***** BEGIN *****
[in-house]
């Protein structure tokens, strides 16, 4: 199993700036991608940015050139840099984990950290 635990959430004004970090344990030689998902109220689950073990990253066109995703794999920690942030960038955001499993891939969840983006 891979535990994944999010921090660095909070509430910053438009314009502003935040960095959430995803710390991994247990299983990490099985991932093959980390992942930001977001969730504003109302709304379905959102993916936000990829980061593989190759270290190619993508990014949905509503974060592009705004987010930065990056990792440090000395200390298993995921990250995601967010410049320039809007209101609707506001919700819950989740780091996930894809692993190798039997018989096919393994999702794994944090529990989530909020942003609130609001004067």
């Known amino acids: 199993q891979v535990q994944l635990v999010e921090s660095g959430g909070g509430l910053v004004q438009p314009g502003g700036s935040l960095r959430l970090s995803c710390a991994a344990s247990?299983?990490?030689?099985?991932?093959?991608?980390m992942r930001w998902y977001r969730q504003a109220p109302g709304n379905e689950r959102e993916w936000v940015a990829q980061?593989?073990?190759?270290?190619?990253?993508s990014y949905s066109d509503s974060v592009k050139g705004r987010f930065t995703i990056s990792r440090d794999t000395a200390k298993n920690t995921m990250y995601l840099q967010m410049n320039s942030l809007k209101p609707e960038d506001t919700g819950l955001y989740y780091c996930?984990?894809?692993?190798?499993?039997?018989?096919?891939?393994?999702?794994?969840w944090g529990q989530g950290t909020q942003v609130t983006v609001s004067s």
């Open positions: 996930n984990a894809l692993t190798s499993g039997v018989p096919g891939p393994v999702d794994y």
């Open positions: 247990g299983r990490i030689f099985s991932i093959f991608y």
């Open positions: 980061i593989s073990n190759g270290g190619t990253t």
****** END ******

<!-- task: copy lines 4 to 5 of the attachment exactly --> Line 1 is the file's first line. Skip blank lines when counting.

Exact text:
């Open positions: 996930n984990a894809l692993t190798s499993g039997v018989p096919g891939p393994v999702d794994y």
């Open positions: 247990g299983r990490i030689f099985s991932i093959f991608y």